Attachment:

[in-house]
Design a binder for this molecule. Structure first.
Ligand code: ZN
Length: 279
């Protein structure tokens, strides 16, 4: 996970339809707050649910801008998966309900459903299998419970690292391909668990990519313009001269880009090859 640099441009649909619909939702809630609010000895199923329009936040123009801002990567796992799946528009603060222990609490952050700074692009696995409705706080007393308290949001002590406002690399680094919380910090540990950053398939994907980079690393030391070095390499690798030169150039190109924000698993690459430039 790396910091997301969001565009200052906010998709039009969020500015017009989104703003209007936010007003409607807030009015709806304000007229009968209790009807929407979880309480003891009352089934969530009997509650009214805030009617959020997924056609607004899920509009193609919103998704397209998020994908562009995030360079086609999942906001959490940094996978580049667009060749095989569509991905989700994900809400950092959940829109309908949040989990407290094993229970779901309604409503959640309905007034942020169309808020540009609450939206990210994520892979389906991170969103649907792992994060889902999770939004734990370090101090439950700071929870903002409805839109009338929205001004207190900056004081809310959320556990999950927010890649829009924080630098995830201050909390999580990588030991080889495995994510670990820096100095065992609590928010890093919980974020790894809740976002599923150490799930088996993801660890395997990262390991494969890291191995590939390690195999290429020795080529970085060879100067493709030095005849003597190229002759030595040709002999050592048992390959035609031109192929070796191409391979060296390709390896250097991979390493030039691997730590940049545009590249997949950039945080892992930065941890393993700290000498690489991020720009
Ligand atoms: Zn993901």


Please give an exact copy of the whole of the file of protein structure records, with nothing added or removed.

[in-house]
Design a binder for this molecule. Structure first.
Ligand code: ZN
Length: 279
């Protein structure tokens, strides 16, 4: 996970339809707050649910801008998966309900459903299998419970690292391909668990990519313009001269880009090859 640099441009649909619909939702809630609010000895199923329009936040123009801002990567796992799946528009603060222990609490952050700074692009696995409705706080007393308290949001002590406002690399680094919380910090540990950053398939994907980079690393030391070095390499690798030169150039190109924000698993690459430039 790396910091997301969001565009200052906010998709039009969020500015017009989104703003209007936010007003409607807030009015709806304000007229009968209790009807929407979880309480003891009352089934969530009997509650009214805030009617959020997924056609607004899920509009193609919103998704397209998020994908562009995030360079086609999942906001959490940094996978580049667009060749095989569509991905989700994900809400950092959940829109309908949040989990407290094993229970779901309604409503959640309905007034942020169309808020540009609450939206990210994520892979389906991170969103649907792992994060889902999770939004734990370090101090439950700071929870903002409805839109009338929205001004207190900056004081809310959320556990999950927010890649829009924080630098995830201050909390999580990588030991080889495995994510670990820096100095065992609590928010890093919980974020790894809740976002599923150490799930088996993801660890395997990262390991494969890291191995590939390690195999290429020795080529970085060879100067493709030095005849003597190229002759030595040709002999050592048992390959035609031109192929070796191409391979060296390709390896250097991979390493030039691997730590940049545009590249997949950039945080892992930065941890393993700290000498690489991020720009
Ligand atoms: Zn993901």